‘Deterrence’ is the cornerstone of debates about Britain’s nuclear future, a word used by politicians, military officers, think-tanks, and campaigners. If we fail to replace our current Vanguard-class submarines and their Trident nuclear missiles – so the pro-replacement argument goes – we will be exposed to attack from enemies known and unknown. In 2013 the then Secretary of State for Defence Philip Hammond stated that Trident was a “tried and tested deterrent” and that there was no alternative that “provides the same level of protection.” A recently published Ministry of Defence factsheet on the Trident Successor Programme noted that “the UK’s independent nuclear deterrent remains essential to our security” and that it could “deter any aggressor”. To discuss who our nuclear weapons might be used against is to enter a Rumsfeldian world of known and unknown unknowns.
But – and this is the heart of this article – what do we mean when we talk about deterrence? And do those arguing for renewal or disarmament understand what the term involves and the ways in which history complicates and confuses the concept? As political scientist Nick Ritchie argues, talking about “the deterrent” assigns an implicit, infallible ability to deter, an ability which stands counter to actual historical evidence. Speaking generally (always bad for an historian), the level of historical understanding when it comes to the nuclear debate is very poor. Thus, this article offers some historical context for the debates that are happening right now and demonstrate that an understanding of Britain’s nuclear history and the complicated, multifaceted ways in which nuclear weapons affected the Cold War can add to our contemporary discussions.
Reading Daniel Sargent’s excellent recent book A Superpower Transformed provoked me to re-assess some of the framework supporting my own research into US-UK and Pakistan’s nuclear weapons project in the 1970s. Sargent manages to crystalise some of the conclusions I was tentatively reaching towards, very handy as I work on the manuscript for my own book. One issue that formed a component of my work – but that I hadn’t made prominent enough – was globalisation. Not just globalisation in terms of markets, but in the emergence of modern transnational movements, networks, and ideas (such as human rights), and the significant role they played in US foreign policy.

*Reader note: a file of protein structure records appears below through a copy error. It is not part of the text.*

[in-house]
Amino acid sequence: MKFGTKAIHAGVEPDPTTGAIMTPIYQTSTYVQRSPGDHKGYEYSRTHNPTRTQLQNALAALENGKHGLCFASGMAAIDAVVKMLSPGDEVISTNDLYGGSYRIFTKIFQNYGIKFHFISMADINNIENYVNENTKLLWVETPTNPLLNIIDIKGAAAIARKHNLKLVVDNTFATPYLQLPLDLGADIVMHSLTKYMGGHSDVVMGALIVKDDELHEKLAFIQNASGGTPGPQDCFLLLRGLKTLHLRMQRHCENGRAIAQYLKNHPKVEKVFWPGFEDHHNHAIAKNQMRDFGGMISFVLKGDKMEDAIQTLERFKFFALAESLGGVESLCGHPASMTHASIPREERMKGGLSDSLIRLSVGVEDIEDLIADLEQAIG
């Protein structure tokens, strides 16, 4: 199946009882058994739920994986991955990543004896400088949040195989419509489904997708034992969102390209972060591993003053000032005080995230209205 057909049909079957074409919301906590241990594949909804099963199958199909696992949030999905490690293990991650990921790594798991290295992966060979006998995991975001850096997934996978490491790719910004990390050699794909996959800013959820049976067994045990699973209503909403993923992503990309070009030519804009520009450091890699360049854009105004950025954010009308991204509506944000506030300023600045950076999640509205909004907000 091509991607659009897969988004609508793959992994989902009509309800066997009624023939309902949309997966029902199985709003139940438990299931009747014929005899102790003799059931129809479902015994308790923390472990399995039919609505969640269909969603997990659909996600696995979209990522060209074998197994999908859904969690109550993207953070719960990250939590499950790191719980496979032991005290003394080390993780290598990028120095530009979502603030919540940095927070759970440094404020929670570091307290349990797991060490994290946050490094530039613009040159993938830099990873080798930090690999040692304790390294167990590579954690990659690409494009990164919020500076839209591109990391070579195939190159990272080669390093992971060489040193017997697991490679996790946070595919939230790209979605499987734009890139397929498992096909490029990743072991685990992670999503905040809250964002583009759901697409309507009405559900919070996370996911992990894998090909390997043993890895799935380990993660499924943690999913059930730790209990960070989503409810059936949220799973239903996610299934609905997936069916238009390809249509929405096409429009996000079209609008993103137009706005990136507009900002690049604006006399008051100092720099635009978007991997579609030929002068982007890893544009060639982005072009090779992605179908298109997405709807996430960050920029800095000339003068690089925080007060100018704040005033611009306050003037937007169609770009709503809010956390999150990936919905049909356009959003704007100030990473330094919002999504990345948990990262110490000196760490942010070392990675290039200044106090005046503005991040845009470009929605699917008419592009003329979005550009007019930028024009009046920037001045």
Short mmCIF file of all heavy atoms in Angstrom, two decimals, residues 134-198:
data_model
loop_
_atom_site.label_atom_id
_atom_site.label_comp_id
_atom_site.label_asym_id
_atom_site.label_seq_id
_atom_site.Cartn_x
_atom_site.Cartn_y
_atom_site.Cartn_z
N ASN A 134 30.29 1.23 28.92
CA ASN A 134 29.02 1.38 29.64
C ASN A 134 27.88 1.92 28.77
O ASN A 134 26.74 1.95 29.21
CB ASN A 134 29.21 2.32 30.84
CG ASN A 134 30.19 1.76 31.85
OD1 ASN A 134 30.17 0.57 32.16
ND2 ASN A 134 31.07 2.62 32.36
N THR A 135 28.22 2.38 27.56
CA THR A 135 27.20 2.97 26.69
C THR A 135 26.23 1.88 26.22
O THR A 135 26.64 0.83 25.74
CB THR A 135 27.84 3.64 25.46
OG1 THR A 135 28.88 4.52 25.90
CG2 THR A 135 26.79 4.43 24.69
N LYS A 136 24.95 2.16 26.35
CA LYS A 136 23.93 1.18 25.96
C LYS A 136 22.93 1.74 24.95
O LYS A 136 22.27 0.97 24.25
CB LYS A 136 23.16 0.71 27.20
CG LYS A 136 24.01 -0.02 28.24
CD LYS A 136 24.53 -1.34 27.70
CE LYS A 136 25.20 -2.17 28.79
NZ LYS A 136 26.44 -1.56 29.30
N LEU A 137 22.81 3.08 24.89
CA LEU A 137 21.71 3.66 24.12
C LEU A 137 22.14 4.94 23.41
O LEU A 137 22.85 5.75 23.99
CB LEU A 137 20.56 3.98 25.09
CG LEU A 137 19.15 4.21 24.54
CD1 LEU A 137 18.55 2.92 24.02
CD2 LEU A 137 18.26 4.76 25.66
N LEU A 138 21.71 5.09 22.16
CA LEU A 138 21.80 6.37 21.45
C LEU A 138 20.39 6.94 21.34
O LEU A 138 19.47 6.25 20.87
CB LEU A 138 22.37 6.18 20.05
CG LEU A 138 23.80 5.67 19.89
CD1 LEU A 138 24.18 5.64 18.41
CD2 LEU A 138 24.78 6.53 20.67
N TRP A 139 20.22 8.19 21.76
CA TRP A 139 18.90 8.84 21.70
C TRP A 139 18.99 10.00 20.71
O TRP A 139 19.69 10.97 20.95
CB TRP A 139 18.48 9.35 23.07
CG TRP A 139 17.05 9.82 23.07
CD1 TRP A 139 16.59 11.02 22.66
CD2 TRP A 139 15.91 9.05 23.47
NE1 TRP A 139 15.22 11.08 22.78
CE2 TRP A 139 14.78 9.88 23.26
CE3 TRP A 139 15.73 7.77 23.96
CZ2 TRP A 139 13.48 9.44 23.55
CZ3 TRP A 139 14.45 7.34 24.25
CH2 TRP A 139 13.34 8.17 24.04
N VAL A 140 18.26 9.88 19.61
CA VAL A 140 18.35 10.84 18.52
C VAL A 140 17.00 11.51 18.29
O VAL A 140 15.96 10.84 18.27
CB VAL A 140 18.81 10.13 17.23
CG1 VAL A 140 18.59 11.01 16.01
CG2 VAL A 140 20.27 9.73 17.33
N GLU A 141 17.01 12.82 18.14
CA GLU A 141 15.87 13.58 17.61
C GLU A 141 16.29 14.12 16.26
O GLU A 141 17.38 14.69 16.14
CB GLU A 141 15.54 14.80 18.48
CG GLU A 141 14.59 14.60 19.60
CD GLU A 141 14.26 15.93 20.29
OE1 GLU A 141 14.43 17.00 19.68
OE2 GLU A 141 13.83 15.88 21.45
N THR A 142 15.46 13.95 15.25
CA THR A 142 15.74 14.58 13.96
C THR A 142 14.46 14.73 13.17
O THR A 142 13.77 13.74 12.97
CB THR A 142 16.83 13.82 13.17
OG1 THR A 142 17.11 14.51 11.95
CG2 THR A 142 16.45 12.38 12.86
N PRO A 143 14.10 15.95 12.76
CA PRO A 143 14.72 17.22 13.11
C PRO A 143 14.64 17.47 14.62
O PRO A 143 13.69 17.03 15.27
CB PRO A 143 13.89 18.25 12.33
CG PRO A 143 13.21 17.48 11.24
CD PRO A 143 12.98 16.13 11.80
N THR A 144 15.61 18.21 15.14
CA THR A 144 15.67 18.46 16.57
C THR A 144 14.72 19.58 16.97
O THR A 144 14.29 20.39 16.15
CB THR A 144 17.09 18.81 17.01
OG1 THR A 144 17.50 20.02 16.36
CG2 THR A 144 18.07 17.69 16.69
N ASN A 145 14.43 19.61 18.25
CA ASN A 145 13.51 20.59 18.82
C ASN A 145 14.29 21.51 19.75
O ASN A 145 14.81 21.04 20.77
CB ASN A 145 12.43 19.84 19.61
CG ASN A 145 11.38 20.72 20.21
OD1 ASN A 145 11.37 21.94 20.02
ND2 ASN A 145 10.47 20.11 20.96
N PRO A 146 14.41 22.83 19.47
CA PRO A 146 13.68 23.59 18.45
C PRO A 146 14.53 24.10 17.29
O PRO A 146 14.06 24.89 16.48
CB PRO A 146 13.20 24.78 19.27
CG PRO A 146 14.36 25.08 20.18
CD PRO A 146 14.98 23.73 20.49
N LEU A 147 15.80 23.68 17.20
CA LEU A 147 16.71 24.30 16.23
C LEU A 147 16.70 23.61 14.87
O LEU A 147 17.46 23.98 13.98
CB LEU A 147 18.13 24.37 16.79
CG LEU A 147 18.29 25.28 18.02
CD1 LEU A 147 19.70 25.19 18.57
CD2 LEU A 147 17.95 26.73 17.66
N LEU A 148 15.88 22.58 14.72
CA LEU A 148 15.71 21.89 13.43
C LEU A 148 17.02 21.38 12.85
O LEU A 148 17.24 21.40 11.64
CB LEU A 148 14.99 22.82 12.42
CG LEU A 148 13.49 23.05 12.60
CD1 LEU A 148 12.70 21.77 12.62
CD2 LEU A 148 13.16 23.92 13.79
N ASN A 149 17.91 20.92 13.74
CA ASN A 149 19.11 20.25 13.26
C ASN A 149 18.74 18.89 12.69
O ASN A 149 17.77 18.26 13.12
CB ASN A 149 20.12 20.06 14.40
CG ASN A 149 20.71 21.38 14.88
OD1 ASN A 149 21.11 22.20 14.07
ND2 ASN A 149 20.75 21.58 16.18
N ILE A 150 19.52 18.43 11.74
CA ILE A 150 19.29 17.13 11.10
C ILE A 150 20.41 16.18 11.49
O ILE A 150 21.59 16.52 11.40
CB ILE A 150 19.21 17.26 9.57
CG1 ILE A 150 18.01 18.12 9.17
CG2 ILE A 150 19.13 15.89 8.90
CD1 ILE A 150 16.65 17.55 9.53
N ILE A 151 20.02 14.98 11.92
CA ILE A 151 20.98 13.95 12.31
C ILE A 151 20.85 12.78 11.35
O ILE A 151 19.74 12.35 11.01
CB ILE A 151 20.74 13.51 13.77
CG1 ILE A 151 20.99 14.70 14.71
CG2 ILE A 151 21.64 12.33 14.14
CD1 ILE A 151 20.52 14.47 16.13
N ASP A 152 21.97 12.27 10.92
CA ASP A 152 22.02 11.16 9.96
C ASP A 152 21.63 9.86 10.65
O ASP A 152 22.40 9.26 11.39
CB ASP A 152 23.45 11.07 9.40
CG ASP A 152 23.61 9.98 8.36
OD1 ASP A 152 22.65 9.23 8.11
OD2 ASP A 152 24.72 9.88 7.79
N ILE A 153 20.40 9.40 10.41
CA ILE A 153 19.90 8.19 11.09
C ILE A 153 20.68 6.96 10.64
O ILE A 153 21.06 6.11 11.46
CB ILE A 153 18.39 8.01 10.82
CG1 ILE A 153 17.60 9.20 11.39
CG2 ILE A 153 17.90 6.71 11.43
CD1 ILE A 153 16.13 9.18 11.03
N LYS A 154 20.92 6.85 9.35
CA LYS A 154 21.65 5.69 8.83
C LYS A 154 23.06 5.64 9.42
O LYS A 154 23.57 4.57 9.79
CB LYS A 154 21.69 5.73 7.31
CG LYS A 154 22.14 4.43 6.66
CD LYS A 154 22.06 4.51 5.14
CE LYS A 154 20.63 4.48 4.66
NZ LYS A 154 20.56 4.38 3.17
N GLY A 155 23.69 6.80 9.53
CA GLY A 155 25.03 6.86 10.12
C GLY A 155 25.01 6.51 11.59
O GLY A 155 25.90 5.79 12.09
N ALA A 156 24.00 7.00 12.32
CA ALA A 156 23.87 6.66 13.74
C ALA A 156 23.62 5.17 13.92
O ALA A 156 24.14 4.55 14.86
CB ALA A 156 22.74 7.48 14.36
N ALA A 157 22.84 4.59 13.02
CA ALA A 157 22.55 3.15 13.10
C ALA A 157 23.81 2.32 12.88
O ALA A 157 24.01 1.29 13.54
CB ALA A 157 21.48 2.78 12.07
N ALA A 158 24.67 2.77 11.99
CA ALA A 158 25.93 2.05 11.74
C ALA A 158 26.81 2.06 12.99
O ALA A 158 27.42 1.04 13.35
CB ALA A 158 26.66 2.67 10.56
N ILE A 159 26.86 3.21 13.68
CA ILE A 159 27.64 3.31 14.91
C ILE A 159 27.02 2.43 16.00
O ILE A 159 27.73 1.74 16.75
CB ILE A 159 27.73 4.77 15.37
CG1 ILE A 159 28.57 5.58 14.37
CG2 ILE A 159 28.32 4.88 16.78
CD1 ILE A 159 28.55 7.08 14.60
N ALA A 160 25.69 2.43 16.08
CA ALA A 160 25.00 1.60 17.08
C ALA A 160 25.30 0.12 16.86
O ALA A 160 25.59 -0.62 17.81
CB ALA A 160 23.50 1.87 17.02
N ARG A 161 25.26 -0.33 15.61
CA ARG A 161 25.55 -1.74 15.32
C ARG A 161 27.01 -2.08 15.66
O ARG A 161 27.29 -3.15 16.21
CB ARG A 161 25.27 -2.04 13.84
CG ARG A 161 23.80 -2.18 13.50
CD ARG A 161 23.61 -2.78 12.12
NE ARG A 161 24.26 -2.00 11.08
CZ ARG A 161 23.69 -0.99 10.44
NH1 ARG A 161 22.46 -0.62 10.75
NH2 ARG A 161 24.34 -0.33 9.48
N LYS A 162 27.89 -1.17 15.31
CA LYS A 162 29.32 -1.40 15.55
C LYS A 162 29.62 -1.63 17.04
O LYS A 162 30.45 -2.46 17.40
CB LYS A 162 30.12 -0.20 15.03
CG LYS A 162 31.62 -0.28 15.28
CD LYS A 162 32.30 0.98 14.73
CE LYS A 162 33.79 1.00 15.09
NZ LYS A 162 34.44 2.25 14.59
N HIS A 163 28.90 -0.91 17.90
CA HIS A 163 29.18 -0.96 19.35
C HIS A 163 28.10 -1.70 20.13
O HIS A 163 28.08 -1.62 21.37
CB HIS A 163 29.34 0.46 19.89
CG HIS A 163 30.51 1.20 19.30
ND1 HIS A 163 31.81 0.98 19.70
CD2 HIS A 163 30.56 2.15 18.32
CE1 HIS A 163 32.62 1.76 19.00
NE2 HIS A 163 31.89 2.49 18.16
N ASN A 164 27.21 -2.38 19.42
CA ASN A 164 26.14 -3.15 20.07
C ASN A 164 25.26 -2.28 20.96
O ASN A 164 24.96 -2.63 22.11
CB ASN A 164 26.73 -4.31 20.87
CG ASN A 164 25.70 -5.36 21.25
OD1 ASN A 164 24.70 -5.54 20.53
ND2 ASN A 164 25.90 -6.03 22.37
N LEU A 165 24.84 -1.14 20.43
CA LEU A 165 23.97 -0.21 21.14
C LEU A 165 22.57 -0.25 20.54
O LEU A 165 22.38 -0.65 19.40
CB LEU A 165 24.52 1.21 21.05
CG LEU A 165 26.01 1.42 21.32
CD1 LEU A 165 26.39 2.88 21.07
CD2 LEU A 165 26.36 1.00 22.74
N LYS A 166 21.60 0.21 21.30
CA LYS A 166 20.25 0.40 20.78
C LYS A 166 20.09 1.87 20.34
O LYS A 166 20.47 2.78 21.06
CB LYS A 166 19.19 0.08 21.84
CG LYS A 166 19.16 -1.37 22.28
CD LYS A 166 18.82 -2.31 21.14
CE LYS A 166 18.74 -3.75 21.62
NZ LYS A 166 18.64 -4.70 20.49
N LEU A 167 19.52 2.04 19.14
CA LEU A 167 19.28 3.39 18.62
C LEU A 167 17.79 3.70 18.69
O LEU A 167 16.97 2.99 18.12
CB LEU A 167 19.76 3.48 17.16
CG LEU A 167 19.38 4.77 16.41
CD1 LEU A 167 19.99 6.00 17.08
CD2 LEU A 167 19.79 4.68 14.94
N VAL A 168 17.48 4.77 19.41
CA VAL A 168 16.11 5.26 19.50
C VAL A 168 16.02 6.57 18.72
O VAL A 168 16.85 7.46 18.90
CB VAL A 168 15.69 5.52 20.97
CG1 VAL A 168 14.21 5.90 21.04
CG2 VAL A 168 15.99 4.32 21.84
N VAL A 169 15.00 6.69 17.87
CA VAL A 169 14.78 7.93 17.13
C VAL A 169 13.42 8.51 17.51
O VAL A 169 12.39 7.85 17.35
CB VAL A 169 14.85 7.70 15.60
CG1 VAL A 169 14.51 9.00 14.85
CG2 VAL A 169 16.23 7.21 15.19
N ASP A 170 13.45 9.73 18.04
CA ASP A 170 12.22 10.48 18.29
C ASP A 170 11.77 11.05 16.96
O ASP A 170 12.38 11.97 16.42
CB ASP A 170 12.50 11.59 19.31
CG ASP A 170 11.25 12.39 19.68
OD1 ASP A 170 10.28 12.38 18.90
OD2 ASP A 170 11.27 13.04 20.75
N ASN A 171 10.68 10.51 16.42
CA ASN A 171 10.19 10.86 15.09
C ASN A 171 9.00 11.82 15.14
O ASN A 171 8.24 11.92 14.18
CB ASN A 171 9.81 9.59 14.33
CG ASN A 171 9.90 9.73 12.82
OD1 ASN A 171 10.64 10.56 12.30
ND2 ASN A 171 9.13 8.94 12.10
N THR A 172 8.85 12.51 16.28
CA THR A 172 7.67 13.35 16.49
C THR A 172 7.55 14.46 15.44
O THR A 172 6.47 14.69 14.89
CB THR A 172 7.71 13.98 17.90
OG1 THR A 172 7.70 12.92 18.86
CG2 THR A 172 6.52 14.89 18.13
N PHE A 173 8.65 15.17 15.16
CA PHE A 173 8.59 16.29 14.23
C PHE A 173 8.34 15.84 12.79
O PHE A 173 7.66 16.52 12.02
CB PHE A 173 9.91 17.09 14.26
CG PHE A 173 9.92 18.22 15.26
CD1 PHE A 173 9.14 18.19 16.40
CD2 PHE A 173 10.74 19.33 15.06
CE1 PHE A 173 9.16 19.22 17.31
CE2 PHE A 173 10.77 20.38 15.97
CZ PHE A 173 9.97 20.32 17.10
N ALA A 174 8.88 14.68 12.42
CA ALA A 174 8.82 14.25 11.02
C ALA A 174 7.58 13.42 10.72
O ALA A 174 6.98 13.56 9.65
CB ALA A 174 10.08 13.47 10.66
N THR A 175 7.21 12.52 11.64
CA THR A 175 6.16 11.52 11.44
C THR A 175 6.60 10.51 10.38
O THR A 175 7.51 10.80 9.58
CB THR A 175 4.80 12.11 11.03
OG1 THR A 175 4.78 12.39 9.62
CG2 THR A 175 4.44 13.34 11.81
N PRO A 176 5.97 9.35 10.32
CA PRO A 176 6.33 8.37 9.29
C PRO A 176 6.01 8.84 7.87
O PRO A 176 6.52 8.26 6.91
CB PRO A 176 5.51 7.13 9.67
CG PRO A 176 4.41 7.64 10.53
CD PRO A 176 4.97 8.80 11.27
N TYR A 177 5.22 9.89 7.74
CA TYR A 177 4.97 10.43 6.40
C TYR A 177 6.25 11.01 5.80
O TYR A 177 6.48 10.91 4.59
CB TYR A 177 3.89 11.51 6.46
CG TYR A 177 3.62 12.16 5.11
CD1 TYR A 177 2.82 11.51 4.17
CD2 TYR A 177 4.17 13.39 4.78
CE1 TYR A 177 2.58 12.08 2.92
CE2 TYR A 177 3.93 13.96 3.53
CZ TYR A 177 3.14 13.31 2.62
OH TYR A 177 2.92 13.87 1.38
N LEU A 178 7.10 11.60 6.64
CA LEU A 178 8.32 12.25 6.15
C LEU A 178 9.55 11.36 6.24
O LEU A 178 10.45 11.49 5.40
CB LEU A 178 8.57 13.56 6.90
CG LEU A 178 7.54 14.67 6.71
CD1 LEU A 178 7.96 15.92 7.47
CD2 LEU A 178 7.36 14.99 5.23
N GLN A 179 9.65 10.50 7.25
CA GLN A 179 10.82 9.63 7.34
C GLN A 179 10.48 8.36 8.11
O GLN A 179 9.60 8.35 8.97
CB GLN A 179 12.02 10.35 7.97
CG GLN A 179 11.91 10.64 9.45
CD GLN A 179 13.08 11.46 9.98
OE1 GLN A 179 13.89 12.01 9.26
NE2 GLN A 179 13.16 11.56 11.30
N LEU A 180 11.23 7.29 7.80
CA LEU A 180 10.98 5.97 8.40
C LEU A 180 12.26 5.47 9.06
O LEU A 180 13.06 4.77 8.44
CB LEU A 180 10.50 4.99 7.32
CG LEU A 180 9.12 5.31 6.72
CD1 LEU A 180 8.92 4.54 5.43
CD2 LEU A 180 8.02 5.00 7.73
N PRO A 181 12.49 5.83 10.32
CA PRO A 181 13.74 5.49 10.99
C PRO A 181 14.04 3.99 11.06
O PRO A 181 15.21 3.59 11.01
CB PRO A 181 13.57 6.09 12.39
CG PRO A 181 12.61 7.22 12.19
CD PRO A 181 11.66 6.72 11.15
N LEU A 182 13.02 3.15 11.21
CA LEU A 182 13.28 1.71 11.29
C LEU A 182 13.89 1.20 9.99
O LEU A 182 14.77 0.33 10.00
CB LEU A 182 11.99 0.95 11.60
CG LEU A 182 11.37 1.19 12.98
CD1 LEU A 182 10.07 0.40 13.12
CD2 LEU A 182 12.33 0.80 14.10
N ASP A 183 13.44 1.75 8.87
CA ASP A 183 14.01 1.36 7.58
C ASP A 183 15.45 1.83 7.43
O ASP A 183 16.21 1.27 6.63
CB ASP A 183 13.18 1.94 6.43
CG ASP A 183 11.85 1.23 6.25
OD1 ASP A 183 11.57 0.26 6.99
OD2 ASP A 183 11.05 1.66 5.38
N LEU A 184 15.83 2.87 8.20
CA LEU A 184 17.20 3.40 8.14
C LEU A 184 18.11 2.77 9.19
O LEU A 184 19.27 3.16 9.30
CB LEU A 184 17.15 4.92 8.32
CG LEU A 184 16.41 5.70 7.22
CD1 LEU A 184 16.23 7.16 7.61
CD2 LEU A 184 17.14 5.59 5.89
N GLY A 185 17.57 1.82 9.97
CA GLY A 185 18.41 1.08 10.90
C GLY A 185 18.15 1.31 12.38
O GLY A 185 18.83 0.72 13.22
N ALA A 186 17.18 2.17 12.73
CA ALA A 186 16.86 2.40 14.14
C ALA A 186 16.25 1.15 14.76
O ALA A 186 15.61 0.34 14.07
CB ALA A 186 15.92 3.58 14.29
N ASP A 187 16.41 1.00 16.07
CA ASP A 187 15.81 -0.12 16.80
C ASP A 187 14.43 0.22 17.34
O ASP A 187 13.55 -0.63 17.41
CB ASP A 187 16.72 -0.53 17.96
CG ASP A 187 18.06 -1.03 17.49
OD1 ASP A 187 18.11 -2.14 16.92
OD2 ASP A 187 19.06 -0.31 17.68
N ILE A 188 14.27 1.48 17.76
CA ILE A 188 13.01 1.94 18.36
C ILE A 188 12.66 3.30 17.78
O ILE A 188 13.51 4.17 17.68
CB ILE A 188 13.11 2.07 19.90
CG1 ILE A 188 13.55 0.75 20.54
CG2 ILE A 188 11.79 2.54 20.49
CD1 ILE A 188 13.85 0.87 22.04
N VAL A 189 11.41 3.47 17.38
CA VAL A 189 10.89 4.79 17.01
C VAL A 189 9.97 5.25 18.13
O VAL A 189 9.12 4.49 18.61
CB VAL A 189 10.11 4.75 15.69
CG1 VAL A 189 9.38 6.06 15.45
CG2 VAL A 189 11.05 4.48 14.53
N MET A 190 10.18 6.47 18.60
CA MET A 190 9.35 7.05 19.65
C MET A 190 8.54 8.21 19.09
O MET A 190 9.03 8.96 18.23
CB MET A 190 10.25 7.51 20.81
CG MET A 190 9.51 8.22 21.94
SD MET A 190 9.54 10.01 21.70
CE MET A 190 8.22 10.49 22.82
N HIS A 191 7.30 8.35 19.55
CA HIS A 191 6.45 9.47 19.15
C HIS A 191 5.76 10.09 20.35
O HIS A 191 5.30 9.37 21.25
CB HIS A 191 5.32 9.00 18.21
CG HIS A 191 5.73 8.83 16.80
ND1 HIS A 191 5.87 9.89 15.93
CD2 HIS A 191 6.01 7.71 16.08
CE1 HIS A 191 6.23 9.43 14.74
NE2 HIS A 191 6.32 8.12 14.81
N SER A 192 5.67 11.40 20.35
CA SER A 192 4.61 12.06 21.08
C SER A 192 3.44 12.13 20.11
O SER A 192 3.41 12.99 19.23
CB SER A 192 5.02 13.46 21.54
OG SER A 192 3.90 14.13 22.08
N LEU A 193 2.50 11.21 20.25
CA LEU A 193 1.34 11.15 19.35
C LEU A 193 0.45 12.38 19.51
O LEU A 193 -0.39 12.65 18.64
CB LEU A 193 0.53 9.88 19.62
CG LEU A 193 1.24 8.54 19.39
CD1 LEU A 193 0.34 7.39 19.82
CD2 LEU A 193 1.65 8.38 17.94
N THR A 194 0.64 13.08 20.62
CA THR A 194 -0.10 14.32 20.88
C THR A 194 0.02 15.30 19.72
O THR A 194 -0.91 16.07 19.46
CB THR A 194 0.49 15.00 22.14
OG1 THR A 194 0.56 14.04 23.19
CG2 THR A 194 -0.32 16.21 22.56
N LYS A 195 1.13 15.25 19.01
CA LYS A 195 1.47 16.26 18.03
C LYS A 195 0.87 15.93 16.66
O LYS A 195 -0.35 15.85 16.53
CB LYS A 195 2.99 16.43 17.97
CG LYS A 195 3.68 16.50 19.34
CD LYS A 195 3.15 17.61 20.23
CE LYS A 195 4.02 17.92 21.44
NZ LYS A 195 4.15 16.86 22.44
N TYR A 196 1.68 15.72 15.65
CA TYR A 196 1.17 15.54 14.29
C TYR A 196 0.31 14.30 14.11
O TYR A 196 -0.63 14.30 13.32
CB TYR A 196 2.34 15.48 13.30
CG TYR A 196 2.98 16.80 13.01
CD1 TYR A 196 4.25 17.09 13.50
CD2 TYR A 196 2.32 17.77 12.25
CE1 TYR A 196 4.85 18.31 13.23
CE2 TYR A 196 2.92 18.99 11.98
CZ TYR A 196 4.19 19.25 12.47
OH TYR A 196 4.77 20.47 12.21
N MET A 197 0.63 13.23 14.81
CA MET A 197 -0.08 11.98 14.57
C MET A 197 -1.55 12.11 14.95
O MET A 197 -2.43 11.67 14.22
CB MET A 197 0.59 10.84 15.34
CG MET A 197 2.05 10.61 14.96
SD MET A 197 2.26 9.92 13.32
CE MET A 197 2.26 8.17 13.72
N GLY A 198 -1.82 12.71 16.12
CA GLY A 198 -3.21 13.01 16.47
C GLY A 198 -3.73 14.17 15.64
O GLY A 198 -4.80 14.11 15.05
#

Sargent’s thesis forced me to re-appraise the role that globalisation and transnationalism played in US-UK nuclear non-proliferation policy, and in Pakistan’s own clandestine bomb programme. The Pakistani nuclear weapons programme had a lengthy history, but only really emerged as an international issue after the catalytic Indian nuclear test of May 18 1974. This spurred Islamabad into action and gave leaders such as Zulfikar Ali Bhutto and Muhammad Zia ul-Haq the necessary oppositional context to push forward a national nuclear programme.
On the 27th of this month, I’ll be giving a paper as part of Glasgow Caledonian University’s regular History Seminar. This is especially pleasing for me, as GCU was where I spent my undergrad years in the 1990s.
The paper is all about a component of my current postdoctoral research, which examines attempts by the Thatcher and Reagan governments to influence domestic and international public perceptions of intelligence and nuclear issues during the 1980s and the global media’s responses to this.
I’m delighted to say that my first published article has now appeared in the august journal, Cold War History. It’s examines a little known nuclear non-proliferation dispute between the UK and US, over Britain’s attempts to sell what were seen as “nuclear capable” Jaguar strike aircraft to the recently nuclearised India.
If you’re quick (and if you don’t have institutional access to CWH), you can download the article for free here.